Bill Gates’ Graphyte Carbon Casting Scales Up

Bill Gates-backed Graphyte is scaling up its carbon casting process to make solid blocks from waste plant material.
Reading Time: 3 minutes

Bill Gates-backed Graphyte is scaling up its carbon casting process to make solid blocks from waste plant material. Image Graphyte.

Reading Time: 3 minutes

Bill Gates-backed Graphyte is scaling up its carbon casting process to make solid blocks from waste plant material.

A new company called Graphyte says it has developed a startlingly simple and inexpensive process it calls carbon casting to remove carbon dioxide from the atmosphere. The startup, incubated by Bill Gates’ Breakthrough Energy Ventures, revealed a process for turning plant waste into carbon-storing blocks that can be buried underground for thousands of years. Carbon casting costs around $100 per ton of CO2 removed, a long sought-after milestone for affordable carbon removal technology. If Graphyte can scale up effectively, its natural method of capturing and storing carbon could play a pivotal role in reaching global net zero emissions.

Graphyte’s carbon casting process compresses plant matter like wood chips and rice hulls into solid blocks, wrapping them in an impermeable barrier before burial underground. The dried, compressed plant waste contains stable carbon extracted from the atmosphere by natural photosynthesis. Devoid of microbes that cause decomposition, the blocks can remain intact for centuries without releasing their stored CO2. This is a reverse-extraction of sorts, interring carbon underground rather than exhuming fossil fuels.

Carbon removal is considered essential to supplement emissions reductions and decarbonize the global economy. Projections by the UN’s Intergovernmental Panel on Climate Change consistently show the need to remove 5-10 gigatons of CO2 yearly by mid-century, around 12-25% of current emissions. Some sectors like aviation, steel and cement are extremely difficult to fully decarbonize with renewable energy. Most scenarios limiting warming to 1.5°C involve massive scaling of carbon removal alongside rapid emissions cuts.

“We’ve bet the future of our planet on our ability to remove CO2 from the air,” Chris Rivest, a partner at Breakthrough Energy Ventures told the Washington Post. The investment firm was started by Bill Gates and a coalition of private investors to fund transformational energy breakthroughs. Rightly so, Gates has been outspoken about carbon removal technology’s critical importance in addressing climate change.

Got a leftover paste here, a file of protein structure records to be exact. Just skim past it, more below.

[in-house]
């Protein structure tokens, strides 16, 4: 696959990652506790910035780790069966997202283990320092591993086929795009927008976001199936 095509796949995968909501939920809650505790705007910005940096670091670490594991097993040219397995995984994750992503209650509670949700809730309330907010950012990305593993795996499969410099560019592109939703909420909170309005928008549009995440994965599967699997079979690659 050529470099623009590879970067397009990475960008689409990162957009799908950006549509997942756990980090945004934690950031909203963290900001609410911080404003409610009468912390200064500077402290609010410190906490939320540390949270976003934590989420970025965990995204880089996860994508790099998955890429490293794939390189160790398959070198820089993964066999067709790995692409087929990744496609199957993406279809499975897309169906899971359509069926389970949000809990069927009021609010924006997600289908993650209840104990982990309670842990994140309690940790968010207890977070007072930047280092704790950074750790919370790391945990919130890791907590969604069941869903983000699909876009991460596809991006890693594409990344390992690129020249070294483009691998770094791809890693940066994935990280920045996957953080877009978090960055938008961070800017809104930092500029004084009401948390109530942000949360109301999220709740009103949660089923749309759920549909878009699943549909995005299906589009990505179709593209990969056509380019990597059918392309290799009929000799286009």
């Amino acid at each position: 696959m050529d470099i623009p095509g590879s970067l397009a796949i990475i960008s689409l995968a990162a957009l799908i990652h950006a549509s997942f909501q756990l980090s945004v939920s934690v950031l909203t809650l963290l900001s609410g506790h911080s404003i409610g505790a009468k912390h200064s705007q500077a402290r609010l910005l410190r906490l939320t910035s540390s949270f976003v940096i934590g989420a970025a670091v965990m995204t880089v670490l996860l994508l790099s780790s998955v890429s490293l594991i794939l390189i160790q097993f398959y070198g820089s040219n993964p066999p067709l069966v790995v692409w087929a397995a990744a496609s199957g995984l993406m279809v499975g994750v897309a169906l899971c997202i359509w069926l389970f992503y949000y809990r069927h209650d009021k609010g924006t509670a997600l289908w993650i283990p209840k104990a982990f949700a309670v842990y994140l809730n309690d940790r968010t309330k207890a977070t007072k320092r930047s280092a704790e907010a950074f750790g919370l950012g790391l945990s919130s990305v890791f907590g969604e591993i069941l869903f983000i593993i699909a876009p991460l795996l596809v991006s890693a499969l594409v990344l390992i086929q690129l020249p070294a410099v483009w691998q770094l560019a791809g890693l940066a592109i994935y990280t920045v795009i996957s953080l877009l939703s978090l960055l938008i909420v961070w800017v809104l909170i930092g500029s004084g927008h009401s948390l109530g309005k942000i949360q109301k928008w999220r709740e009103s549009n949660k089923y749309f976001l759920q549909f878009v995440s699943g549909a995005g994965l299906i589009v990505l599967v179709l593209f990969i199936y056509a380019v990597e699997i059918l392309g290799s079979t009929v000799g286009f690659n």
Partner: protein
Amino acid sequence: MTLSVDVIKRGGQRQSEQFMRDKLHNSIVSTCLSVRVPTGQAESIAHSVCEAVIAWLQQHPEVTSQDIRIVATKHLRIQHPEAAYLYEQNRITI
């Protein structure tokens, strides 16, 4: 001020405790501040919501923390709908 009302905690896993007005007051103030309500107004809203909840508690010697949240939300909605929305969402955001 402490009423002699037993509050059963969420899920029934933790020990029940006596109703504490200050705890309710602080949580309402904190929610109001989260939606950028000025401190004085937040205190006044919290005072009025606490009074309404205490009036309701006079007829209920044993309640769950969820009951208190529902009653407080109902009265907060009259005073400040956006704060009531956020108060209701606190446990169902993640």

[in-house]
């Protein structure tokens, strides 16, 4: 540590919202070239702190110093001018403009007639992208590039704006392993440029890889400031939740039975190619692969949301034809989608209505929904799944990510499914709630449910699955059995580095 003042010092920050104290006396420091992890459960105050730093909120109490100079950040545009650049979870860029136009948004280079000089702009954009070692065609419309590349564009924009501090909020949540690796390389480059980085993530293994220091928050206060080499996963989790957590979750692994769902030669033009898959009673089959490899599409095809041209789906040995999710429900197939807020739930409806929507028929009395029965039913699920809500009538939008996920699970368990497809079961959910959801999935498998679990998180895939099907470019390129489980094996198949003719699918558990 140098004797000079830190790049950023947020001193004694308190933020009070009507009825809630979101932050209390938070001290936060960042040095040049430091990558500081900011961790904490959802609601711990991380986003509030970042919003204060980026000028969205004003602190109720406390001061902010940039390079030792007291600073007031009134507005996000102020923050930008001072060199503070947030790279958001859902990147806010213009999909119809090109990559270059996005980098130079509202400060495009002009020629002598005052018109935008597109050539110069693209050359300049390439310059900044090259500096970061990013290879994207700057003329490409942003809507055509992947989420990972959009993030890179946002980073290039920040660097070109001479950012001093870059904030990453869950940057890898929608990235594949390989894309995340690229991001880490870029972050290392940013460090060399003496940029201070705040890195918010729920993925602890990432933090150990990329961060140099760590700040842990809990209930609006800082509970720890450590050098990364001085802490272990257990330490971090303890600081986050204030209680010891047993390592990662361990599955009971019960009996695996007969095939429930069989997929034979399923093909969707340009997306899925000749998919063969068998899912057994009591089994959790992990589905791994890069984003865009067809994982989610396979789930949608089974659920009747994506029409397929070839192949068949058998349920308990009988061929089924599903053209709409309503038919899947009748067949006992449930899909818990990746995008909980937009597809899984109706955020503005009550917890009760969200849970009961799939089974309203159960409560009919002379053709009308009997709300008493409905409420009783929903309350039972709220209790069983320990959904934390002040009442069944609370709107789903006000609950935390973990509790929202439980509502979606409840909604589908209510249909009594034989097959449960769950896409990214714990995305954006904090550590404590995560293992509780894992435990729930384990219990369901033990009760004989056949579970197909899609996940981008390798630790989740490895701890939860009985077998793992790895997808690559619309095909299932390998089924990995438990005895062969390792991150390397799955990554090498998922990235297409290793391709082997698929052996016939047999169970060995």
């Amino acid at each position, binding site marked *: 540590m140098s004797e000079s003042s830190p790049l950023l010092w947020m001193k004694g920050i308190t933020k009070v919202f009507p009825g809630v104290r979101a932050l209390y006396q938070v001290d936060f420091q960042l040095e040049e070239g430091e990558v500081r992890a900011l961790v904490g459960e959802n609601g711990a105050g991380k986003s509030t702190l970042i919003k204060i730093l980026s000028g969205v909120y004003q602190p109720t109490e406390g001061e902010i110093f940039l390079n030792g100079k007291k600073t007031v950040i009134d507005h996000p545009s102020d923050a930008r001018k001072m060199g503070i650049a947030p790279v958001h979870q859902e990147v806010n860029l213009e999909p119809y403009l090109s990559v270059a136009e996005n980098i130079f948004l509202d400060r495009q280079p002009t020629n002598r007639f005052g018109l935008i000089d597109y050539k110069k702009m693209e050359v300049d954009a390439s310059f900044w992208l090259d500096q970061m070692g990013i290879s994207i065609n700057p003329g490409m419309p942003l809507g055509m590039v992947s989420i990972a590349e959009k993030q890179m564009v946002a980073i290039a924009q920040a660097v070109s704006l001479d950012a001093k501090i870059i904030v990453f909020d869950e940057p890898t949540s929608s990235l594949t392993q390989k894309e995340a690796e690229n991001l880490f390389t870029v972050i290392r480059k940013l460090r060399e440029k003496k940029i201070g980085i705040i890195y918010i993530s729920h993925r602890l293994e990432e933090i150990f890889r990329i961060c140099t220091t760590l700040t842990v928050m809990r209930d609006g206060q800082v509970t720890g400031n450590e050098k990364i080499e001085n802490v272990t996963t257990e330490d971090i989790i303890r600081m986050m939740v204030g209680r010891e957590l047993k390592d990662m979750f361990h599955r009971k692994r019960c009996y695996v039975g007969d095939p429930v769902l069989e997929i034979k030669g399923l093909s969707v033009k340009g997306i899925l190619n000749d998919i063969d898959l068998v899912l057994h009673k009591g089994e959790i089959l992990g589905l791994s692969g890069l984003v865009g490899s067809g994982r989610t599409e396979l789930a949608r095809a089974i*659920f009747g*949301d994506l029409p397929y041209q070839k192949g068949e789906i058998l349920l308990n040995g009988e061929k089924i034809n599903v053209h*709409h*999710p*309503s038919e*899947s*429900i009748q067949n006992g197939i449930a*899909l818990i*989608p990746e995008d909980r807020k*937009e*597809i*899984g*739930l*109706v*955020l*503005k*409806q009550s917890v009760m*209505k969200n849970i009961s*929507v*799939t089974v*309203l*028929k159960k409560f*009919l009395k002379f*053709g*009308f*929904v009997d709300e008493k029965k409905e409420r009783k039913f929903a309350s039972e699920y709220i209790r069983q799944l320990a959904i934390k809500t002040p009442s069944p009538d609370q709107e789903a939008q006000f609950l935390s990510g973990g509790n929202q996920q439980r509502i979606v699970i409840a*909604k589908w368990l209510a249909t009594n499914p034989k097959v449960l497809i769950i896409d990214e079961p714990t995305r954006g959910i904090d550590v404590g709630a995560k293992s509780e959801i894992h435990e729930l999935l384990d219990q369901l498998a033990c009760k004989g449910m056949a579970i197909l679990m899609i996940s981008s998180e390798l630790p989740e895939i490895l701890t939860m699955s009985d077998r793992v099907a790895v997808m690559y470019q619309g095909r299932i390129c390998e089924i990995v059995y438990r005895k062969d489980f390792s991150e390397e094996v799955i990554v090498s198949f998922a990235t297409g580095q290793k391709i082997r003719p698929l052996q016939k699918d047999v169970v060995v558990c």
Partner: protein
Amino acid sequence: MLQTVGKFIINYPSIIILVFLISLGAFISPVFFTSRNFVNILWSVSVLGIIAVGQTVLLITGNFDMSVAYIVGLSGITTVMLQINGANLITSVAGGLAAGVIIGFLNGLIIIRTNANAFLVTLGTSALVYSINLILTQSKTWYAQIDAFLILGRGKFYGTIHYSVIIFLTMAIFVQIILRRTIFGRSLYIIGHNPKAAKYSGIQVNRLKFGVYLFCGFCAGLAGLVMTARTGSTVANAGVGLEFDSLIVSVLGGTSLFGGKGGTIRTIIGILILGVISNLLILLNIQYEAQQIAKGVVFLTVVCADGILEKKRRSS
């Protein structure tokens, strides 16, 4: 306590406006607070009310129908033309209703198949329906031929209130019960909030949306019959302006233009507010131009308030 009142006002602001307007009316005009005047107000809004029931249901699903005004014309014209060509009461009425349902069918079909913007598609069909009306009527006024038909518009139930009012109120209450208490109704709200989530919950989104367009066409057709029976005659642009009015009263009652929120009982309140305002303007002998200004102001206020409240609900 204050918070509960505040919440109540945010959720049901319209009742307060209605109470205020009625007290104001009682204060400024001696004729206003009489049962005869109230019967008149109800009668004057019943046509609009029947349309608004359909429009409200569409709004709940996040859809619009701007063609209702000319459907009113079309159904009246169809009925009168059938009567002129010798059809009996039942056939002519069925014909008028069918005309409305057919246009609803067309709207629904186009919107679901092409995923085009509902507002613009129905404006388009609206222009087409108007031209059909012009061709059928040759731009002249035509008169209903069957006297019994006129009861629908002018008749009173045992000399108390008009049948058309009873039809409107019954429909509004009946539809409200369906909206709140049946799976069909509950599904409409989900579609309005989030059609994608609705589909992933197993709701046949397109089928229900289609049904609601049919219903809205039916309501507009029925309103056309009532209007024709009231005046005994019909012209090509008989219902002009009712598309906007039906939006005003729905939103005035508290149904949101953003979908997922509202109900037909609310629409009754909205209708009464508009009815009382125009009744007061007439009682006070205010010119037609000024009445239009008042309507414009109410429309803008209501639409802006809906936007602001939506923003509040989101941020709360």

At $100 per ton, Graphyte’s carbon casting approach reaches a cost target that could enable the large-scale carbon storage required. Direct air capture, which uses giant machines to separate CO2 from ambient air, costs $600-$1200 per ton. Startups working on direct air capture, like Carbon Engineering and Climeworks, have raised hundreds of millions in investment, but costs remain prohibitive. Biomass for energy production with carbon capture at $100-$200 per ton is more affordable but relies on unsustainable biomass supplies that preclude scaling beyond hundreds of millions of tons per year.

Graphyte’s carbon casting feedstock is waste plant matter diverted from decomposition, avoiding competition with food production or land use. The company plans to source raw materials from timber and agricultural operations that generate millions of tons of unused biomass yearly. The carbon casting process condenses the plant matter into 50 times its original density, easing transportation and underground storage requirements. The lack of complex engineering is also an advantage over costlier methods as it means the process may be deployed in developing nations where much of the biomass originates.

Graphyte plans to build its first commercial-scale carbon casting plant in Pine Bluff, Arkansas, capable of removing 250,000 tons of CO2 annually. The company aims to sequester millions of tons per year in distributed plants nationwide. Graphyte will need to prove the scalability of its sourcing, logistics, and underground storage operations. Responsible monitoring and accounting of buried carbon is also essential to ensure permanence.

Still, the potential is enormous if Graphyte succeeds in deploying its natural carbon casting carbon removal solution. With adequate investment and execution, its inexpensive recycled carbon blocks could substantially impact carbon neutrality. Gates and his fellow investors are betting on the transformative power of innovation to address climate change. If this ingeniously simple idea pays off, it could set an example of how human creativity and natural systems can work together to repair and regenerate the planet.

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